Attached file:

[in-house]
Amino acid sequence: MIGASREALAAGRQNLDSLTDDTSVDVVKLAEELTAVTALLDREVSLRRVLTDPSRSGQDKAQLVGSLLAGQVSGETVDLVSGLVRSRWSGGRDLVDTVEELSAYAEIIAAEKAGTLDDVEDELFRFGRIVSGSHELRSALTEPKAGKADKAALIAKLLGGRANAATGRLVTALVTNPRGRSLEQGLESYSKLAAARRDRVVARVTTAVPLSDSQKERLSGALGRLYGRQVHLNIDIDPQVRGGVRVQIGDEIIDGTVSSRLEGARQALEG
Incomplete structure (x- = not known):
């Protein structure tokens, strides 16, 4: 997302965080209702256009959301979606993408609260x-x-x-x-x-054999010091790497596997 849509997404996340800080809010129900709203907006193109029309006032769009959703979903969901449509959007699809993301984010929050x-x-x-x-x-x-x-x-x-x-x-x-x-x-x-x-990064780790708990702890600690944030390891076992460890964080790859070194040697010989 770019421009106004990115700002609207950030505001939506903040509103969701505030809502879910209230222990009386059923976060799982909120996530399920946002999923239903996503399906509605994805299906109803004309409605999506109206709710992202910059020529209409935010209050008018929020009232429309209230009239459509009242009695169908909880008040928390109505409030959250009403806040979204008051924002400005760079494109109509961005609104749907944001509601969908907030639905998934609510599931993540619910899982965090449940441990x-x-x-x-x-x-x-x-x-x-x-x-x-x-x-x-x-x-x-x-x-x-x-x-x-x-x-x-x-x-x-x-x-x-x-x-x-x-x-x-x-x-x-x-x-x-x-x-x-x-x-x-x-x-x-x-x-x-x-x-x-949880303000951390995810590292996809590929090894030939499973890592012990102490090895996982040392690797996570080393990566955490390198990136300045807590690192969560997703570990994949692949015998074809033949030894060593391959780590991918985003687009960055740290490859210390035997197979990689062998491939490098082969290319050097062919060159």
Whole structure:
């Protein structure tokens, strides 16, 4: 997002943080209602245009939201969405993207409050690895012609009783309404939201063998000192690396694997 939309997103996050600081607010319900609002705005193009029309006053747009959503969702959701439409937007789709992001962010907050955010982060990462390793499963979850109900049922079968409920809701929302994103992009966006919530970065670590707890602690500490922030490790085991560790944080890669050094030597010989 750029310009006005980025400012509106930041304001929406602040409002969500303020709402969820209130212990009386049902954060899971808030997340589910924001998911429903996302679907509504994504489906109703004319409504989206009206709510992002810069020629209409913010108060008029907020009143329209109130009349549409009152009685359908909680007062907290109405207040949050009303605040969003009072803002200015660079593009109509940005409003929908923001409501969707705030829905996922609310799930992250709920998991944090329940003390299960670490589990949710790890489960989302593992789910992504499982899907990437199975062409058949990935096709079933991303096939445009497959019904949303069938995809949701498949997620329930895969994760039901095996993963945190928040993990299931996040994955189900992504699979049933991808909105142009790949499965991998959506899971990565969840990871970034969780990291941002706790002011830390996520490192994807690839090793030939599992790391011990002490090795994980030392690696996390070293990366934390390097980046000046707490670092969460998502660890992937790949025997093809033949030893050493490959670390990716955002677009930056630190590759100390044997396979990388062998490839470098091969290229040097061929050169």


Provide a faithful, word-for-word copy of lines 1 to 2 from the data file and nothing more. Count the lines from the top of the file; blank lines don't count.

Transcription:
[in-house]
Amino acid sequence: MIGASREALAAGRQNLDSLTDDTSVDVVKLAEELTAVTALLDREVSLRRVLTDPSRSGQDKAQLVGSLLAGQVSGETVDLVSGLVRSRWSGGRDLVDTVEELSAYAEIIAAEKAGTLDDVEDELFRFGRIVSGSHELRSALTEPKAGKADKAALIAKLLGGRANAATGRLVTALVTNPRGRSLEQGLESYSKLAAARRDRVVARVTTAVPLSDSQKERLSGALGRLYGRQVHLNIDIDPQVRGGVRVQIGDEIIDGTVSSRLEGARQALEG